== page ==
Turkey and Romania find mines floating off coast

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Russian submarine Rostov-na-Donu B-237 enters the Bosphorus Strait on 13 February en route to the Black Sea, as part of a series of naval movements ahead of the Ukraine invasion. (Photo by Oguz Yeter/dia images via Getty Images)
Russian submarine Rostov-na-Donu B-237 enters the Bosphorus Strait on 13 February en route to the Black Sea, as part of a series of naval movements ahead of the Ukraine invasion. (Photo by Oguz Yeter/dia images via Getty Images)
  • Turkey says a second mine was discovered near its coastline.
  • It says the mine could have come from Ukraine.
  • Romania also said a mine was found off its Black Sea coast.


Turkey on Monday said a second mine which could have come from Ukraine was discovered near its coastline, while Romania also said a mine had been found off its Black Sea coast.

Russia had warned more than a week ago that some aged mines that Ukrainians had deployed in the Black Sea against its invading troops had become dislodged from their cables by storms and could drift as far as the Straits of Bosphorus and the Mediterranean Sea.

On Monday, the Turkish defence ministry tweeted that "a mine was detected off Igneada near the Bulgarian border" on the Black Sea.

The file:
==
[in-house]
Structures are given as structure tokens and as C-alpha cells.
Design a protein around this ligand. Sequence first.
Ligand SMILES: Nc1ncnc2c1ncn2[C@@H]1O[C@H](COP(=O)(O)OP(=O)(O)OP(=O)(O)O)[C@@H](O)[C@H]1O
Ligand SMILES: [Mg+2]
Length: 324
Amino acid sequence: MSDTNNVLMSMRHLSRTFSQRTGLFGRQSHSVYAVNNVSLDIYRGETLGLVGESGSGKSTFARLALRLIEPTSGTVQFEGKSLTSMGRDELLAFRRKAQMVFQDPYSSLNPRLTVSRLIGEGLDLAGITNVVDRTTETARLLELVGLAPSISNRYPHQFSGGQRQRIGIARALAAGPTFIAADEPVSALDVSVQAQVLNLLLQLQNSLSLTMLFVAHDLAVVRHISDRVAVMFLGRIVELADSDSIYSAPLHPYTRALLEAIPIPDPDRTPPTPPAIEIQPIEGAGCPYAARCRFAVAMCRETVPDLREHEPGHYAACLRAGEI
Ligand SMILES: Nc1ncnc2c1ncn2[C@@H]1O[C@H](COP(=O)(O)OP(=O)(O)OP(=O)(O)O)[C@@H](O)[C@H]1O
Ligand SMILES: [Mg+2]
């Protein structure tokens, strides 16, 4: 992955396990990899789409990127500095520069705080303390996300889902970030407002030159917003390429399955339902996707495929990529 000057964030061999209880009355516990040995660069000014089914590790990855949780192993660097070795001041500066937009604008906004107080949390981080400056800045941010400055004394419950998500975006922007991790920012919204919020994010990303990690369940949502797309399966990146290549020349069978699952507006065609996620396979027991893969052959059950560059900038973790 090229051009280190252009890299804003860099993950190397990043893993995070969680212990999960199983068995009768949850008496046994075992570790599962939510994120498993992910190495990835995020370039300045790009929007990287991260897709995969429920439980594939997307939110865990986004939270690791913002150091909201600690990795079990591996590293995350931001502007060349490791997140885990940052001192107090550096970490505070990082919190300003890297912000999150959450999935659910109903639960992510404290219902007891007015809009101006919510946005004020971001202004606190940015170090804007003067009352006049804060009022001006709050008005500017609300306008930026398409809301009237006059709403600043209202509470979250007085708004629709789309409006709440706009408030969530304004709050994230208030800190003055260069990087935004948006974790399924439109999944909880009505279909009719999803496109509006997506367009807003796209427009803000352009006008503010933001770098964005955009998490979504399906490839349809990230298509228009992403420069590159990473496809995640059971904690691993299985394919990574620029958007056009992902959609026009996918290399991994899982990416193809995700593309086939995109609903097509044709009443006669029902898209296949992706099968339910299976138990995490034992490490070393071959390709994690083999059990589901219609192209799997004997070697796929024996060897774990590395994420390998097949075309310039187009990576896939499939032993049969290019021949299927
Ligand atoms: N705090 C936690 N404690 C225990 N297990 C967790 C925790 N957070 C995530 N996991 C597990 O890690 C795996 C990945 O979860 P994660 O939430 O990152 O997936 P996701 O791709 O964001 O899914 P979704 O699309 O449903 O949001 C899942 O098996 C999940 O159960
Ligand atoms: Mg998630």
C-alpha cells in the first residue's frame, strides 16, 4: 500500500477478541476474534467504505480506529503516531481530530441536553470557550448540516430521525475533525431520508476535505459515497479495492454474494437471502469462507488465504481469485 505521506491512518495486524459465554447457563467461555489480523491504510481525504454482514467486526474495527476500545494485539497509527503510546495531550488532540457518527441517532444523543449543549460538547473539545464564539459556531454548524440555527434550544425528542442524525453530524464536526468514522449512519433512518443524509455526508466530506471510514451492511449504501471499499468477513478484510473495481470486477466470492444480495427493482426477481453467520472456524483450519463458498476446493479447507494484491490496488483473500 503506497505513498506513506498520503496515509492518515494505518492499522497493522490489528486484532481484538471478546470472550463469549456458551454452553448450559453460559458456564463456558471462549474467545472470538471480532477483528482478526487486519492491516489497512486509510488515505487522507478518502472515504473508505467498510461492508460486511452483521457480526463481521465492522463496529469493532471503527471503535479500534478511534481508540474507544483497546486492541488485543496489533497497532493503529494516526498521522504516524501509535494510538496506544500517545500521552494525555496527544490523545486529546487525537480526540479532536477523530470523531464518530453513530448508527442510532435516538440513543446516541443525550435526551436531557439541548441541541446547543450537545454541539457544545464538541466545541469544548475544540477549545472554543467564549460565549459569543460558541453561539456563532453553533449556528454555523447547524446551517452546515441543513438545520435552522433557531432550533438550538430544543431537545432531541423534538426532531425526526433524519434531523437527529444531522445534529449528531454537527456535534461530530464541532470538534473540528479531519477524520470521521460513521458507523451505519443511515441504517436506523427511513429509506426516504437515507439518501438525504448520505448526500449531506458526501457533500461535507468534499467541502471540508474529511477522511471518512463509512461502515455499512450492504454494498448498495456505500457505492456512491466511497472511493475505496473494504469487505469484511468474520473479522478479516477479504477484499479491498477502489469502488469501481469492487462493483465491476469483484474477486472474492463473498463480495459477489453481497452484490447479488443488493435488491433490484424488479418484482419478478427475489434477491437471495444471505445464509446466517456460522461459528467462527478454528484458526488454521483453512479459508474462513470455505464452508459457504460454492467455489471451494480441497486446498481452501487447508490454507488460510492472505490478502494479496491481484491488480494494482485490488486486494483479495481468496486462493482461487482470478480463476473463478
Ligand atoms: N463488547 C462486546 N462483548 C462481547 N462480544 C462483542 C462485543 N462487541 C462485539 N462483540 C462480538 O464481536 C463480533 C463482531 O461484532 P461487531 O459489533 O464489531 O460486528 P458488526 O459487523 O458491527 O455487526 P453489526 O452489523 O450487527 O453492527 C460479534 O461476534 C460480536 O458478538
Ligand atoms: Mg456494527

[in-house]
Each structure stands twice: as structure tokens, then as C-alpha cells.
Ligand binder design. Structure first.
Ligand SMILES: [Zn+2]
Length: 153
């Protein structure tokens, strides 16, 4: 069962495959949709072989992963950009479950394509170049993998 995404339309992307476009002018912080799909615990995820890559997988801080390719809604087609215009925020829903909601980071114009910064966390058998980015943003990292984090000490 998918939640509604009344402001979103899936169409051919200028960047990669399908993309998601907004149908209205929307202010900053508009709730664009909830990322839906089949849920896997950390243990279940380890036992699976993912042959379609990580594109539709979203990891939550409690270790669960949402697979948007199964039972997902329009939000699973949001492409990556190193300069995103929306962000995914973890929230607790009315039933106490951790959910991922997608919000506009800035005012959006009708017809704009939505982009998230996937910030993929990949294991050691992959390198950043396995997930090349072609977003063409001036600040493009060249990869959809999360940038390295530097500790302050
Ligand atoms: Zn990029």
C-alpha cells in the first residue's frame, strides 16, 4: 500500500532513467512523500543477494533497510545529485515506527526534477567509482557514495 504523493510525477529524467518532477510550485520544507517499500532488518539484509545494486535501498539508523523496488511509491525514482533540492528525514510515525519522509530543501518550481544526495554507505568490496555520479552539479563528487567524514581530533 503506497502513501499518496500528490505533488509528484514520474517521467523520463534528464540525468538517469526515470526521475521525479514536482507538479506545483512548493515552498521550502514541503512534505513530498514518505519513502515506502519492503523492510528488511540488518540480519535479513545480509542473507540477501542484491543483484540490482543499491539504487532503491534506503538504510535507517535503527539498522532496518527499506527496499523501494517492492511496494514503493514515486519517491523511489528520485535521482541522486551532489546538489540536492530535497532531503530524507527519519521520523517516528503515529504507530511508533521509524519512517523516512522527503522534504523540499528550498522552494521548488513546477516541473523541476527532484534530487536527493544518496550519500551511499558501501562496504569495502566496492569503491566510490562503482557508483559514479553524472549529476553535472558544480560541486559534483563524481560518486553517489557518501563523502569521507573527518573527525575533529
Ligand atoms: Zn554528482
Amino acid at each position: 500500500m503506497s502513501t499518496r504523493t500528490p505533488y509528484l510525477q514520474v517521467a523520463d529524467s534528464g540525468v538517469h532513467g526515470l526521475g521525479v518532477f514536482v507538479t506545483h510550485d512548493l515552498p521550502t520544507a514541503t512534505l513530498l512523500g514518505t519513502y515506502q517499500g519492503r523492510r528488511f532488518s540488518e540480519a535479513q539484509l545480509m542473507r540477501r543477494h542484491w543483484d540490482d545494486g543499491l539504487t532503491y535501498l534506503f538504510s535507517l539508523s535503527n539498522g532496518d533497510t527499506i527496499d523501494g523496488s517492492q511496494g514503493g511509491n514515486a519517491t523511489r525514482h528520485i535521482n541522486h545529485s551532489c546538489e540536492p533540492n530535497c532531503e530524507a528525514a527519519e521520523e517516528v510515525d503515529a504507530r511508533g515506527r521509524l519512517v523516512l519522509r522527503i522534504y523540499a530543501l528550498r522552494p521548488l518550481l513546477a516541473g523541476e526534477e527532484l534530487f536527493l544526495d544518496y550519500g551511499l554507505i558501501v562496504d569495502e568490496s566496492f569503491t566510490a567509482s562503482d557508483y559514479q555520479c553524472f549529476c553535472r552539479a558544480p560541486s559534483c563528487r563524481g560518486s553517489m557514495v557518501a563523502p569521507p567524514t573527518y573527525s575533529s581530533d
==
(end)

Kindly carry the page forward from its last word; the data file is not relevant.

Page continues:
"The mine has been secured... and an intervention launched to neutralise it," it said.

Later, the ministry confirmed the device had been defused.


Also on Monday, Romanian authorities said another mine had been found 39 nautical miles (70-72 km) from the coastal town of Capul Midia.

According to the defence ministry, the device was spotted by a fishing vessel on Monday morning and was then destroyed by a specialised disposal squad.

A first mine was found on Saturday and defused by the Turkish navy, after a fisherman had reported seeing it about two kilometres  off Rumelifeneri, on the entrance of the Bosphorus north of Istanbul.

Ankara has spoken to Ukrainian and Russian authorities to follow up "coordination on this subject," Turkey's defence minister said on Saturday.

In its warning on 19 March, Russia's FSB security service said that "dilapidated" mines that Ukrainians had deployed against its forces had broken from their cables and were floating in the Black Sea.

Several days ago, Turkish authorities warned on the NAVTEX maritime alert system that there was a risk of mines floating from Ukrainian waters after being dislodged from their anchors by a storm.

Underwater mines normally have to be equipped with systems that render them harmless if they break free from their anchors.

But older mines could lack this safety measure, Turkish media reported.


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